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Using nanotechnology, UCF researchers have developed the first rapid detector for dopamine, a chemical that is believed to play a role in various diseases such as Parkinson's, depression and some cancers.
Studies show too much dopamine could be associated with some cancers, while low dopamine could be associated with Parkinson's disease and depression. The new technique developed at UCF requires only a few drops of blood, and results are available in minutes instead of hours because no separate lab is necessary to process the sample.
Technology - Study - Journal - Nano - Letters
The new technology was described in a recent study in the journal Nano Letters.
More than half a million people in the United States have Parkinson's and major episodes of depression affect about 16 million adults a year.
Methods - Dopamine - Time - Consuming - Preparation
Current methods to detect dopamine are time consuming, require rigorous sample preparation, including blood-plasma separation, as well as specialized laboratory equipment. With this device, however, a few drops of blood on a palm-sized, rectangular chip is all that is needed.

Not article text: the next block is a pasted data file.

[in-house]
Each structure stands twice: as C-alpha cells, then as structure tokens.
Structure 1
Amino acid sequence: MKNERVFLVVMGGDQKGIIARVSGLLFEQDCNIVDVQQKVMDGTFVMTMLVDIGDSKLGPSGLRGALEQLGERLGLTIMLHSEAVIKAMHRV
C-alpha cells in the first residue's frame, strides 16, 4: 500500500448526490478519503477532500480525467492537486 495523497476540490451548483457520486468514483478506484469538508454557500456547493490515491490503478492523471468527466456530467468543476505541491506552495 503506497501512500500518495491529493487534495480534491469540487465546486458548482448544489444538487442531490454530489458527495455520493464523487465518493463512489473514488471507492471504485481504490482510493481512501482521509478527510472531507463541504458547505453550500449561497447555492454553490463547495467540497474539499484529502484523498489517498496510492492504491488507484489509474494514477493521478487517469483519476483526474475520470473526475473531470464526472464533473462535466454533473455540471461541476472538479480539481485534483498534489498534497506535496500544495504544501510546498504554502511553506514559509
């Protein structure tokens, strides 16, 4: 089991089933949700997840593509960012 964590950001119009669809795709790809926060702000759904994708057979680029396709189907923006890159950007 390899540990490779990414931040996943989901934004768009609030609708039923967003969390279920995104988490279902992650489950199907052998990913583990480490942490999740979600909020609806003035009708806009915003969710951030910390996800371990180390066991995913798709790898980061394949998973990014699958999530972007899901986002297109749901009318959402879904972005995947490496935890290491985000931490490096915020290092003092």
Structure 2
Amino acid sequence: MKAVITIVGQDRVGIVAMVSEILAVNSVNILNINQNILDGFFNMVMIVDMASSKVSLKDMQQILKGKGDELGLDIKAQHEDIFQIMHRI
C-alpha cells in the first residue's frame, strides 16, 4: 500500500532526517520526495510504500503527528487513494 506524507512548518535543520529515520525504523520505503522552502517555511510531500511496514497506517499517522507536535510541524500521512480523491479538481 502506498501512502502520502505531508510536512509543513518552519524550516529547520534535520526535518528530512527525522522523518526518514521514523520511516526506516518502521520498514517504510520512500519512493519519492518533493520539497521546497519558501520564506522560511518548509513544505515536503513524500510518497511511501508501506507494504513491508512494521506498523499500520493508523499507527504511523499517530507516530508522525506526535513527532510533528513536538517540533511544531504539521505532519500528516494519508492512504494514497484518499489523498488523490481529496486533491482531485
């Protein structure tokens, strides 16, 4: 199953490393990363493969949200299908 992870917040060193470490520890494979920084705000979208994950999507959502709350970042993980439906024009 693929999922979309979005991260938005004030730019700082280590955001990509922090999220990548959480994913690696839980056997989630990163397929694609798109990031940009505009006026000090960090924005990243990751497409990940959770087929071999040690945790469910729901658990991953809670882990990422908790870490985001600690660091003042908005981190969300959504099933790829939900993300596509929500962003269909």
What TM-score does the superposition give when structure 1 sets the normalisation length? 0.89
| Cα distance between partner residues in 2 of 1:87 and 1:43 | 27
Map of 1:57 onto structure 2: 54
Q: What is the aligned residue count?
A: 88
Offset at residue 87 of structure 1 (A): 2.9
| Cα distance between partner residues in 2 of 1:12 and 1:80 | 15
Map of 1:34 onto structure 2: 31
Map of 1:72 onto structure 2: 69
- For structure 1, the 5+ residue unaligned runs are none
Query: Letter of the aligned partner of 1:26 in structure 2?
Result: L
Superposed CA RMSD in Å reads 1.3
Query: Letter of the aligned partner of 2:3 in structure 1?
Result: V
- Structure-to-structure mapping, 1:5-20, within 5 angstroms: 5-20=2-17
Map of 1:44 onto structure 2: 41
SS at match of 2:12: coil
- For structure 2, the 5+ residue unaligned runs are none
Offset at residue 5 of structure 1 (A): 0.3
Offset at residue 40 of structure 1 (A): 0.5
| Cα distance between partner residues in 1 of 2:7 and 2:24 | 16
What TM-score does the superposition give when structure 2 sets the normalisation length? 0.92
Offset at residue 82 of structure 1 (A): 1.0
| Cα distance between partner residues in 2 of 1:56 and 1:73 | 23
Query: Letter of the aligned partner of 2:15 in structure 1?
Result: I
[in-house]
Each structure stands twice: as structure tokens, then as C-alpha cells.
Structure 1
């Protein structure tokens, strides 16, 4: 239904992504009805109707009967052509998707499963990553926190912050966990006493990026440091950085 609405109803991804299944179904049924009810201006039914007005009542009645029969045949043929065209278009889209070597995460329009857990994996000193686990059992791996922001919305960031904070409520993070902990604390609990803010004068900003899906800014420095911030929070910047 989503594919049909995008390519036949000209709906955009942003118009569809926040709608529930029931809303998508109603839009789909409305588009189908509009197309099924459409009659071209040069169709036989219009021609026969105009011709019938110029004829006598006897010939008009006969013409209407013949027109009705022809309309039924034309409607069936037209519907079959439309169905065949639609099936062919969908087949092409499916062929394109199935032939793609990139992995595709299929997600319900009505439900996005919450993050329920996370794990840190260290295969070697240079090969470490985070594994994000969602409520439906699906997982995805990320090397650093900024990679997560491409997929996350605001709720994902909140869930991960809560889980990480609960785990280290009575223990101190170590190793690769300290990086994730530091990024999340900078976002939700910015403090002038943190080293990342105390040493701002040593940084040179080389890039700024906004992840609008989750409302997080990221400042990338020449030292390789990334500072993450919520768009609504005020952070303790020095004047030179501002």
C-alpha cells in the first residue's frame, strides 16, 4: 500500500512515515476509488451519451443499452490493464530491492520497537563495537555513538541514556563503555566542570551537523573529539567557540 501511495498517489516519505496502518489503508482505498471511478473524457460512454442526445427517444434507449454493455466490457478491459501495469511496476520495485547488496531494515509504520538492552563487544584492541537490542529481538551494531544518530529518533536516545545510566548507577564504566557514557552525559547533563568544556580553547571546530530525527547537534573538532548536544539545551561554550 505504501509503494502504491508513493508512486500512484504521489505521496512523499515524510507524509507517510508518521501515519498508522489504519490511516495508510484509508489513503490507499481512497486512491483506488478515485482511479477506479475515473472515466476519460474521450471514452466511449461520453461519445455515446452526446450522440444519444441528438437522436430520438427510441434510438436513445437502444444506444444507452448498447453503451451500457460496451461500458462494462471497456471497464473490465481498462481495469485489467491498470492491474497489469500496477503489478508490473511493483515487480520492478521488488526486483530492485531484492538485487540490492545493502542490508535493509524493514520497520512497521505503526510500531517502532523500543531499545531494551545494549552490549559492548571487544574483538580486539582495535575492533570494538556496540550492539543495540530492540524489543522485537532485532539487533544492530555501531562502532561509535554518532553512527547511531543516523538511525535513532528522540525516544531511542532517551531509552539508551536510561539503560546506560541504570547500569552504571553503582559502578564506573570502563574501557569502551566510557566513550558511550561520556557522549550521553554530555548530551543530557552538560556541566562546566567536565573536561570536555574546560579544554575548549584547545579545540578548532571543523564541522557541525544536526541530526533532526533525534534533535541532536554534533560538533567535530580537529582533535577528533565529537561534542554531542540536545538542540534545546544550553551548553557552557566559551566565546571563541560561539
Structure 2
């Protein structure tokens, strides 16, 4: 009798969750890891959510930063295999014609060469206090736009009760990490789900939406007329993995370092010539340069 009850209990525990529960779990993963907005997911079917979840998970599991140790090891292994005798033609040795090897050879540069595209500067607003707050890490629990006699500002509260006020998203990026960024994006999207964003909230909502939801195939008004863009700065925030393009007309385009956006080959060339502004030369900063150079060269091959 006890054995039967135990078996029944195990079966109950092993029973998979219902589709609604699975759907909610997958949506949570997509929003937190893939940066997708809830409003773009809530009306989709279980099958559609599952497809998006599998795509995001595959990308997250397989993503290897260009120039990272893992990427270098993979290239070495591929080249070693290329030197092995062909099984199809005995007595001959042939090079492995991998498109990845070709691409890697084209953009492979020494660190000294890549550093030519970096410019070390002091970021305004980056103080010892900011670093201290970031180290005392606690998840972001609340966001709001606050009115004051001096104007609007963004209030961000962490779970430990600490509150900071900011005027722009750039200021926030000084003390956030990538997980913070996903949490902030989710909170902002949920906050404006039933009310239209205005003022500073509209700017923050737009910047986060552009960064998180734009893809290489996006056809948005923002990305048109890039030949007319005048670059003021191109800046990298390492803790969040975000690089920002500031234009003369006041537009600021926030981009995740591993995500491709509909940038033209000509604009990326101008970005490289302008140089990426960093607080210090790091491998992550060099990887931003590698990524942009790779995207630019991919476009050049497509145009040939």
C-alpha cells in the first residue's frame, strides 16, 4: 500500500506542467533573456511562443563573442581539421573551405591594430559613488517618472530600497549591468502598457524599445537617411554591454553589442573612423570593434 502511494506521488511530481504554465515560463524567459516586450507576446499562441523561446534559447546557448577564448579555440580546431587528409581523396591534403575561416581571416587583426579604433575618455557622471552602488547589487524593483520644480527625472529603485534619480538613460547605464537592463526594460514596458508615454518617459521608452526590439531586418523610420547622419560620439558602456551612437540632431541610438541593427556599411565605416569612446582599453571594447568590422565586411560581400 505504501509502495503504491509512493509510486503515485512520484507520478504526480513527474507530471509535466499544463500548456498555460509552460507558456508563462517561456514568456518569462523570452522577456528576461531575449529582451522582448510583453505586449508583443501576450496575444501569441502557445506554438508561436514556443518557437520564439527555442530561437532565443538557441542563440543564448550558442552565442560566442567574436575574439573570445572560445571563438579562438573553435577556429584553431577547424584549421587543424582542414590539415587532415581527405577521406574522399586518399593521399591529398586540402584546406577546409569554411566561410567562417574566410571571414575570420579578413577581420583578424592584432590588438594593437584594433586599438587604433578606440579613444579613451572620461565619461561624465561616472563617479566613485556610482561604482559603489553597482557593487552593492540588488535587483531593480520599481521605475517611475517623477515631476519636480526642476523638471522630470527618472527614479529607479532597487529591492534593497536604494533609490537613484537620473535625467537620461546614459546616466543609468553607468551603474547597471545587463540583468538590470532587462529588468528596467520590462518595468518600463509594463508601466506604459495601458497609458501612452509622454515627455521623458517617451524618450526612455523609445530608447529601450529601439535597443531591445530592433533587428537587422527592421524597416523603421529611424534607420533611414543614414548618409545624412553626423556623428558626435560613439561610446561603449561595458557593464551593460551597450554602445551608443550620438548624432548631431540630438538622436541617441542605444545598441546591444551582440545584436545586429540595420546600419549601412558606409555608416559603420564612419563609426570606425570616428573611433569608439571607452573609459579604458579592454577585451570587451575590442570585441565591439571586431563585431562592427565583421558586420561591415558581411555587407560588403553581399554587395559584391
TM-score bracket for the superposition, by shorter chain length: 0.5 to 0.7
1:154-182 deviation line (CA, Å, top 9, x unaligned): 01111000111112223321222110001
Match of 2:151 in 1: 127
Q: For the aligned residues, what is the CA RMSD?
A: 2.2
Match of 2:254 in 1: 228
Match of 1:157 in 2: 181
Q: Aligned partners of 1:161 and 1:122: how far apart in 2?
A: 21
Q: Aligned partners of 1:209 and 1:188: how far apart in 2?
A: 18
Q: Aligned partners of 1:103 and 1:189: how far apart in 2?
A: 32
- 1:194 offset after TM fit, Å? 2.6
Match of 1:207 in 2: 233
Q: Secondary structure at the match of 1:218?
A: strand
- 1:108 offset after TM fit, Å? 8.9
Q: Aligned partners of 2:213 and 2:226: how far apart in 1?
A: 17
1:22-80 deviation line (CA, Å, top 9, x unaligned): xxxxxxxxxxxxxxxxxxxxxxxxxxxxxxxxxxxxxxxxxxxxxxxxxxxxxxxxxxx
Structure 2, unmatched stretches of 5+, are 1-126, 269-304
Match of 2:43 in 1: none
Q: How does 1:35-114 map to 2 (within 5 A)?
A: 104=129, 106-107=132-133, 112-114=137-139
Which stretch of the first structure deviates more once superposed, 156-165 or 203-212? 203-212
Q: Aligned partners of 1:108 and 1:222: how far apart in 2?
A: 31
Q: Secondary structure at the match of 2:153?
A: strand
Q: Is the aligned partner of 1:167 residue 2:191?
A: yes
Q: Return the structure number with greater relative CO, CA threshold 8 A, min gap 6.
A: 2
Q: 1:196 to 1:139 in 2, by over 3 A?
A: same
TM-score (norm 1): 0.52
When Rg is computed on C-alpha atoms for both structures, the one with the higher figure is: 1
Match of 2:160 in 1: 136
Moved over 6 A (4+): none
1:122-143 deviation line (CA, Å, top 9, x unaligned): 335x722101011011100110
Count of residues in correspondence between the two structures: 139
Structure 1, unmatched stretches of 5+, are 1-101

"A neurotransmitter like dopamine is an important chemical to monitor for our overall well-being so we can help screen out neural disorders like Parkinson's disease, various brain cancers, and monitor mental health," said Debashis Chanda, an associate professor in UCF's NanoScience Technology Center and the study's principle investigator. "We need to monitor dopamine so that we can...
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